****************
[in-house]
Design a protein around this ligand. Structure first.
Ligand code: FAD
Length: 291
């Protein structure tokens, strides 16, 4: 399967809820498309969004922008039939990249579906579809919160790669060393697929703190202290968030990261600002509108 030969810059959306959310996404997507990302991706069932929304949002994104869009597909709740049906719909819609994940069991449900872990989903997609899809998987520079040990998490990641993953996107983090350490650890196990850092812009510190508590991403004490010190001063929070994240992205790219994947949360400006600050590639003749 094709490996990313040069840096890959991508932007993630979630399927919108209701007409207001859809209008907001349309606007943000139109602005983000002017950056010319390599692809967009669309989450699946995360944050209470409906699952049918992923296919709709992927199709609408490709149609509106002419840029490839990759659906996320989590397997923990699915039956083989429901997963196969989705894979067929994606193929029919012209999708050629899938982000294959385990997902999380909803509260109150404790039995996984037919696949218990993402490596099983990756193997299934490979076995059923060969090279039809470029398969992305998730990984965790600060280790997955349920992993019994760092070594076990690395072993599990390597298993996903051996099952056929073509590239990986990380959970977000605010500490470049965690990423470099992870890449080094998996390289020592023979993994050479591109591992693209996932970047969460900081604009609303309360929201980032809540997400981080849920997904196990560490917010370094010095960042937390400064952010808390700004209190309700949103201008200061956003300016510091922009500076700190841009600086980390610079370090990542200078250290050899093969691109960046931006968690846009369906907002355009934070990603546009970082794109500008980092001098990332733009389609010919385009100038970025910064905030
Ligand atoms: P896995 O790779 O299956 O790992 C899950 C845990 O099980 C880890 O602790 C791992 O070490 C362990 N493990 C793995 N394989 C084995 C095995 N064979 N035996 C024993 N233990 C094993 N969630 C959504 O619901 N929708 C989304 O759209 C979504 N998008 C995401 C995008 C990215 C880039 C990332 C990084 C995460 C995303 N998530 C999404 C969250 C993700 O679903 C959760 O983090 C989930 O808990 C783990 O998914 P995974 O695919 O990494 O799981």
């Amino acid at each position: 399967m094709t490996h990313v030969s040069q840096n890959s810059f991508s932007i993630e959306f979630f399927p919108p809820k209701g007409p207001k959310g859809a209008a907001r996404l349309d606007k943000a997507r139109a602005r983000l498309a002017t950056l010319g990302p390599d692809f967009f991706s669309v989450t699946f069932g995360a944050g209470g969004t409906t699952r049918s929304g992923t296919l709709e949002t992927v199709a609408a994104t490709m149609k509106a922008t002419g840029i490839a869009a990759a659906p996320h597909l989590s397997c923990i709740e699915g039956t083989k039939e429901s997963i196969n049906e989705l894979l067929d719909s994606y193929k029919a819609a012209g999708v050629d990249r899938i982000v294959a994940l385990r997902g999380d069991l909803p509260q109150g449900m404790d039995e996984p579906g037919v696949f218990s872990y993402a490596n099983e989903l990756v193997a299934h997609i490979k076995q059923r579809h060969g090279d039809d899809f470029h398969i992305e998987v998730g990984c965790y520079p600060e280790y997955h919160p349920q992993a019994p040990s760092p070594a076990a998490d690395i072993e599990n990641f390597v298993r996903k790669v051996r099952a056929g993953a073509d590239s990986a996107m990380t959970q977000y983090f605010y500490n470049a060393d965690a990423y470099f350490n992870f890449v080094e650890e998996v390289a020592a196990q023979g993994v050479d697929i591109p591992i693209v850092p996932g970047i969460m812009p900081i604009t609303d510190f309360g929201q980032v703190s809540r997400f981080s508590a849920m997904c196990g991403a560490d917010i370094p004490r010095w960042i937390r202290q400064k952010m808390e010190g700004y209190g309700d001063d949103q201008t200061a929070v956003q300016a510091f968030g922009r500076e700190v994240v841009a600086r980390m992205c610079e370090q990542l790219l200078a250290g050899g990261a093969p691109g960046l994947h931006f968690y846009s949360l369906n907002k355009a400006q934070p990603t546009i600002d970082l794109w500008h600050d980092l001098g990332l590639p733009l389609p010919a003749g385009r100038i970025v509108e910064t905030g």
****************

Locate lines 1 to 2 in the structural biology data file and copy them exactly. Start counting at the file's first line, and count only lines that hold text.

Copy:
[in-house]
Design a protein around this ligand. Structure first.